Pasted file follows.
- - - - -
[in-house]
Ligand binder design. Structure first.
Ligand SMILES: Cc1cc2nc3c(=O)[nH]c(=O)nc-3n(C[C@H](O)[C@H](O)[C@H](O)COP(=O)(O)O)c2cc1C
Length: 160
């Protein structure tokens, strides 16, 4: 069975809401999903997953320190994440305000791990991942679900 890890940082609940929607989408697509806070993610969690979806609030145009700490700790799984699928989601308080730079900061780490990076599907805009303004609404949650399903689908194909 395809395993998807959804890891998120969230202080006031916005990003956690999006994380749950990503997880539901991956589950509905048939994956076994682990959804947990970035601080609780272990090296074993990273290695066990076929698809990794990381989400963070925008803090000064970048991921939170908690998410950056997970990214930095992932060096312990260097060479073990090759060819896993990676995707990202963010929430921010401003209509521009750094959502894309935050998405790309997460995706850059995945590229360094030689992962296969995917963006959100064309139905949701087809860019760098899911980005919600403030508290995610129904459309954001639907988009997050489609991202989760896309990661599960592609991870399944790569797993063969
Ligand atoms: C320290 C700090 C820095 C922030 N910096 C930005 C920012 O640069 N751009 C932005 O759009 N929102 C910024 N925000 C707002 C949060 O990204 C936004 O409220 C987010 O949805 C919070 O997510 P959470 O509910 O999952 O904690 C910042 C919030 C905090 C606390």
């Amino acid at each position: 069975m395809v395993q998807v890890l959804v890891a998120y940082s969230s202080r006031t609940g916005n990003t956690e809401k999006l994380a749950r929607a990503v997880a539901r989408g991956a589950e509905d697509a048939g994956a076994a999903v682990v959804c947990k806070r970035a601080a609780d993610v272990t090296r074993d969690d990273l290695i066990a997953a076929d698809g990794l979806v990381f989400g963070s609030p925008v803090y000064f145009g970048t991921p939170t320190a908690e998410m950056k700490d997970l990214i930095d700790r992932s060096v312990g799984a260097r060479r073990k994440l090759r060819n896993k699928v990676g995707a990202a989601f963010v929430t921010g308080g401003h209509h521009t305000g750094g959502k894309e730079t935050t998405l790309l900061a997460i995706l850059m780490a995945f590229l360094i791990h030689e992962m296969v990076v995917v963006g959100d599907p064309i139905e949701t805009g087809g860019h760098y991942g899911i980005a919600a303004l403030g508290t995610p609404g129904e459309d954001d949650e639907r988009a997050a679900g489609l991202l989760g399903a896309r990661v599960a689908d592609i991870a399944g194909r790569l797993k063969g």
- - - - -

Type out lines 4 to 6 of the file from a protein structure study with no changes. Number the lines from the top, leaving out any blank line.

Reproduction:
Length: 160
């Protein structure tokens, strides 16, 4: 069975809401999903997953320190994440305000791990991942679900 890890940082609940929607989408697509806070993610969690979806609030145009700490700790799984699928989601308080730079900061780490990076599907805009303004609404949650399903689908194909 395809395993998807959804890891998120969230202080006031916005990003956690999006994380749950990503997880539901991956589950509905048939994956076994682990959804947990970035601080609780272990090296074993990273290695066990076929698809990794990381989400963070925008803090000064970048991921939170908690998410950056997970990214930095992932060096312990260097060479073990090759060819896993990676995707990202963010929430921010401003209509521009750094959502894309935050998405790309997460995706850059995945590229360094030689992962296969995917963006959100064309139905949701087809860019760098899911980005919600403030508290995610129904459309954001639907988009997050489609991202989760896309990661599960592609991870399944790569797993063969
Ligand atoms: C320290 C700090 C820095 C922030 N910096 C930005 C920012 O640069 N751009 C932005 O759009 N929102 C910024 N925000 C707002 C949060 O990204 C936004 O409220 C987010 O949805 C919070 O997510 P959470 O509910 O999952 O904690 C910042 C919030 C905090 C606390």